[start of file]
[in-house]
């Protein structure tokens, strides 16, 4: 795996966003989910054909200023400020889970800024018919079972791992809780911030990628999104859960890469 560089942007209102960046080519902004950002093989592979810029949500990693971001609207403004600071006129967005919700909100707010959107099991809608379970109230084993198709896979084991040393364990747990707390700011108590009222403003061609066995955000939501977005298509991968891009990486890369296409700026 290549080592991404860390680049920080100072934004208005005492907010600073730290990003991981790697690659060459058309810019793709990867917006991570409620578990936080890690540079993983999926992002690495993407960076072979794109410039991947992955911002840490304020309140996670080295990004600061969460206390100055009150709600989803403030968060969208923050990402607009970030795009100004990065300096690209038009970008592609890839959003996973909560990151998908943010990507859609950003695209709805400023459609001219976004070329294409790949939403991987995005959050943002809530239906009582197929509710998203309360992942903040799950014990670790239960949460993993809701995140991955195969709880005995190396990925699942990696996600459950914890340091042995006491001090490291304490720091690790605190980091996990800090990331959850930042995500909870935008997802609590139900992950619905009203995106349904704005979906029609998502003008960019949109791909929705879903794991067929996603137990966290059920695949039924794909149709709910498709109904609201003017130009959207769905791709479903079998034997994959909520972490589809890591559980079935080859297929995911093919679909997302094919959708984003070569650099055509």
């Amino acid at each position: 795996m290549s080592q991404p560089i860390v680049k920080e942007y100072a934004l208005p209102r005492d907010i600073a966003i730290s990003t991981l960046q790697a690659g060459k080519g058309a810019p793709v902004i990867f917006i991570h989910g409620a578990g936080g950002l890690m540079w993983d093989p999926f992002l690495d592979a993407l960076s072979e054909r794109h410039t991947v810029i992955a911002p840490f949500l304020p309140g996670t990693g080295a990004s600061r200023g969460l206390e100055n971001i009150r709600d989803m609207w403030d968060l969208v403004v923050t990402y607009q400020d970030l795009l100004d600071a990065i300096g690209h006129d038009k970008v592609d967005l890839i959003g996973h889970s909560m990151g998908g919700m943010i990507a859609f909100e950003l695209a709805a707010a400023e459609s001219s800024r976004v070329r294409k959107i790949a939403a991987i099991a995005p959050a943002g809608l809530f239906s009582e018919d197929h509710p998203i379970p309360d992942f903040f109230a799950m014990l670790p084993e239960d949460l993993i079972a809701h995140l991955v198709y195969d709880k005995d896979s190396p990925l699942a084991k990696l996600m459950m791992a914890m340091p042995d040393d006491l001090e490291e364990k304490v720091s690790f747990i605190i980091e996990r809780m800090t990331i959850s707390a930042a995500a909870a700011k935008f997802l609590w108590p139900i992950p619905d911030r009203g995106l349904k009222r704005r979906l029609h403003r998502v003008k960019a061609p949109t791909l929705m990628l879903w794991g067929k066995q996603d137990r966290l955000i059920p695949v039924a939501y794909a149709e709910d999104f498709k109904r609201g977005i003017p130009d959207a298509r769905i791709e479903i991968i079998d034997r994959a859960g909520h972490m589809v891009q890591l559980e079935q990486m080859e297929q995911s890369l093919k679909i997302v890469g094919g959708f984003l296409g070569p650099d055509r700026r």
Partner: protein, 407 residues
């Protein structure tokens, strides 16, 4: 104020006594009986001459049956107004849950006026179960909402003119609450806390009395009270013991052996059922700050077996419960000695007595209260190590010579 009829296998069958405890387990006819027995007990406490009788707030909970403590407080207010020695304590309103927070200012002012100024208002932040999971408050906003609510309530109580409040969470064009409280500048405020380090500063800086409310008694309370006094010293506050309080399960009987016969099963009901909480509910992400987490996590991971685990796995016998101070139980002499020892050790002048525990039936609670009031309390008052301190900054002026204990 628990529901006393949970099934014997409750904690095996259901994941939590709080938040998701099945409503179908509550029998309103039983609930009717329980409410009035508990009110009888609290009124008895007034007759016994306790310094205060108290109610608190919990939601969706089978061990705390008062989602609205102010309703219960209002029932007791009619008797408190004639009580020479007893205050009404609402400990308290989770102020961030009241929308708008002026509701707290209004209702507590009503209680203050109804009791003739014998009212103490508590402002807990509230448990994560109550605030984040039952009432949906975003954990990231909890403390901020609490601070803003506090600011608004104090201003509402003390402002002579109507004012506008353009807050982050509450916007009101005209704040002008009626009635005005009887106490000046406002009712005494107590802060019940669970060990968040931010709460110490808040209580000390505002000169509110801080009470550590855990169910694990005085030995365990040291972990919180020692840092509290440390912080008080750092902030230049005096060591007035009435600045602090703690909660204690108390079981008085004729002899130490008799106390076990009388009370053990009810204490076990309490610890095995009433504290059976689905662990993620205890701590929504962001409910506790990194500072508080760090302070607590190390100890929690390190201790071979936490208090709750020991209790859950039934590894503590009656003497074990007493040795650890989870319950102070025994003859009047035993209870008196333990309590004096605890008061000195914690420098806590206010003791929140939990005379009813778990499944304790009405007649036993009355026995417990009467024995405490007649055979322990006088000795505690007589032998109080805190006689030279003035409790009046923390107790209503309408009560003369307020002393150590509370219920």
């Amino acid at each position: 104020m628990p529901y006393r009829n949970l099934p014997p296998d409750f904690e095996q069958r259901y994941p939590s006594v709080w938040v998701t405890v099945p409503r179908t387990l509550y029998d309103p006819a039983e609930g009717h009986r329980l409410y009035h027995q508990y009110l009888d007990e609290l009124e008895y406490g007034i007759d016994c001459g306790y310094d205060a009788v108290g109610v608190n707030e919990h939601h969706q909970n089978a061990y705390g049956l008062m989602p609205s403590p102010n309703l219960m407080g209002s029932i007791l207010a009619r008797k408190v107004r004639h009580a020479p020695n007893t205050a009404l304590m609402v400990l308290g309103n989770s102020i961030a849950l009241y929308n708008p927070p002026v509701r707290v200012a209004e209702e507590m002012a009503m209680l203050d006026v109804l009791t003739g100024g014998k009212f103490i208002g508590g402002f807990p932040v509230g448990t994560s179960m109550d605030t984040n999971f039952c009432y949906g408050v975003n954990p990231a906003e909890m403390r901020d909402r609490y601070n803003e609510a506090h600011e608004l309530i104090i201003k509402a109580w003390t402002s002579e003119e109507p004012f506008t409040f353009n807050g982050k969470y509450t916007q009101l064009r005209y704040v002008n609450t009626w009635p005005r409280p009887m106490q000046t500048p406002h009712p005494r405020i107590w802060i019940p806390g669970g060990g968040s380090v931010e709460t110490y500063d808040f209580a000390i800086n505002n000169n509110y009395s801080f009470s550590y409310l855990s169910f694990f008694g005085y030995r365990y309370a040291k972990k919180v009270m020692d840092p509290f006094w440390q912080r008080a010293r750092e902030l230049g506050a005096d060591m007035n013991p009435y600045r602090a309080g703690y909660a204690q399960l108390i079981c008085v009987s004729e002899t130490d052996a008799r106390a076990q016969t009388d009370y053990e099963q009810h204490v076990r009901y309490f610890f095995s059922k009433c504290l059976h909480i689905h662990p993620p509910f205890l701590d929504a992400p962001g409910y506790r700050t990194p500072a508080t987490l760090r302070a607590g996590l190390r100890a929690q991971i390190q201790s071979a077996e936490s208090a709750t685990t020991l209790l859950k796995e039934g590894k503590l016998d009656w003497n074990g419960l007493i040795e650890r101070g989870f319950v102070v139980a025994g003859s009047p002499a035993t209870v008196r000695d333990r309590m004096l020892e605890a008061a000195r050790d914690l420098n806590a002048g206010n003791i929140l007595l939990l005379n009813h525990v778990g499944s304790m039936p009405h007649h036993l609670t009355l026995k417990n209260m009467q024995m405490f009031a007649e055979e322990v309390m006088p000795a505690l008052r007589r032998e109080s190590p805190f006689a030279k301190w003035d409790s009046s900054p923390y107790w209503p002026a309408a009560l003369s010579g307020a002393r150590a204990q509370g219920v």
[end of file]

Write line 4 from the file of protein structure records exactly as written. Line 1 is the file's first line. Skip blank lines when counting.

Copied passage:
Partner: protein, 407 residues